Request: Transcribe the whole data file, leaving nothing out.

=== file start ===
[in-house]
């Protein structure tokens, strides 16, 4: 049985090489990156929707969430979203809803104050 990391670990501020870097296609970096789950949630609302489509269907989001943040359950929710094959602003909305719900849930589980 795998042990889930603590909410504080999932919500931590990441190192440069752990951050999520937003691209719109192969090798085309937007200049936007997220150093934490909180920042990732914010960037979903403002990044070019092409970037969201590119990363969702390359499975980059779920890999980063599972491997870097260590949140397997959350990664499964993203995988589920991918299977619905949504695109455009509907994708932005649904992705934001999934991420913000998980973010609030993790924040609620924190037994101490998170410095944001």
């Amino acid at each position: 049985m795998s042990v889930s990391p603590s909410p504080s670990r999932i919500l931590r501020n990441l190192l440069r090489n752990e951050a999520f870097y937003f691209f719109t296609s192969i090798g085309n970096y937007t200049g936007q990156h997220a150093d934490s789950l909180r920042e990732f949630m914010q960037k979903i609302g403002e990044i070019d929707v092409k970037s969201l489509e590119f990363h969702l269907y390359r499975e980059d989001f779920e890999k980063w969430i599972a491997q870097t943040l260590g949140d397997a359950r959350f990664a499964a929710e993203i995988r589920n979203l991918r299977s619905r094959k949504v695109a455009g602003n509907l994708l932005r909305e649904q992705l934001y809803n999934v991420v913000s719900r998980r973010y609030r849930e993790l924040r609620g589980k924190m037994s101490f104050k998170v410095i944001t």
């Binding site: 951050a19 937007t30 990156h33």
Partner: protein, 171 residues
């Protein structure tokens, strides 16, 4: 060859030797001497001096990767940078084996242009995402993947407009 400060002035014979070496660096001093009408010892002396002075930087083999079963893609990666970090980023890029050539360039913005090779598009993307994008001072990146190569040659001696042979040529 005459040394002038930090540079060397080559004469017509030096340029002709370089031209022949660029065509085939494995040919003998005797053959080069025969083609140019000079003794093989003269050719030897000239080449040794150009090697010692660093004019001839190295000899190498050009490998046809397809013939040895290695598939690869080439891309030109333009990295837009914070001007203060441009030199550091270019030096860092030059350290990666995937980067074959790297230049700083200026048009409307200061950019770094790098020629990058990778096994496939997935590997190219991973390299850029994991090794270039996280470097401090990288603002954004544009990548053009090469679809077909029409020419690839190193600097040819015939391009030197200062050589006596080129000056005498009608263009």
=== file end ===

[in-house]
């Protein structure tokens, strides 16, 4: 049985090489990156929707969430979203809803104050 990391670990501020870097296609970096789950949630609302489509269907989001943040359950929710094959602003909305719900849930589980 795998042990889930603590909410504080999932919500931590990441190192440069752990951050999520937003691209719109192969090798085309937007200049936007997220150093934490909180920042990732914010960037979903403002990044070019092409970037969201590119990363969702390359499975980059779920890999980063599972491997870097260590949140397997959350990664499964993203995988589920991918299977619905949504695109455009509907994708932005649904992705934001999934991420913000998980973010609030993790924040609620924190037994101490998170410095944001």
């Amino acid at each position: 049985m795998s042990v889930s990391p603590s909410p504080s670990r999932i919500l931590r501020n990441l190192l440069r090489n752990e951050a999520f870097y937003f691209f719109t296609s192969i090798g085309n970096y937007t200049g936007q990156h997220a150093d934490s789950l909180r920042e990732f949630m914010q960037k979903i609302g403002e990044i070019d929707v092409k970037s969201l489509e590119f990363h969702l269907y390359r499975e980059d989001f779920e890999k980063w969430i599972a491997q870097t943040l260590g949140d397997a359950r959350f990664a499964a929710e993203i995988r589920n979203l991918r299977s619905r094959k949504v695109a455009g602003n509907l994708l932005r909305e649904q992705l934001y809803n999934v991420v913000s719900r998980r973010y609030r849930e993790l924040r609620g589980k924190m037994s101490f104050k998170v410095i944001t």
């Binding site: 951050a19 937007t30 990156h33």
Partner: protein, 171 residues
């Protein structure tokens, strides 16, 4: 060859030797001497001096990767940078084996242009995402993947407009 400060002035014979070496660096001093009408010892002396002075930087083999079963893609990666970090980023890029050539360039913005090779598009993307994008001072990146190569040659001696042979040529 005459040394002038930090540079060397080559004469017509030096340029002709370089031209022949660029065509085939494995040919003998005797053959080069025969083609140019000079003794093989003269050719030897000239080449040794150009090697010692660093004019001839190295000899190498050009490998046809397809013939040895290695598939690869080439891309030109333009990295837009914070001007203060441009030199550091270019030096860092030059350290990666995937980067074959790297230049700083200026048009409307200061950019770094790098020629990058990778096994496939997935590997190219991973390299850029994991090794270039996280470097401090990288603002954004544009990548053009090469679809077909029409020419690839190193600097040819015939391009030197200062050589006596080129000056005498009608263009």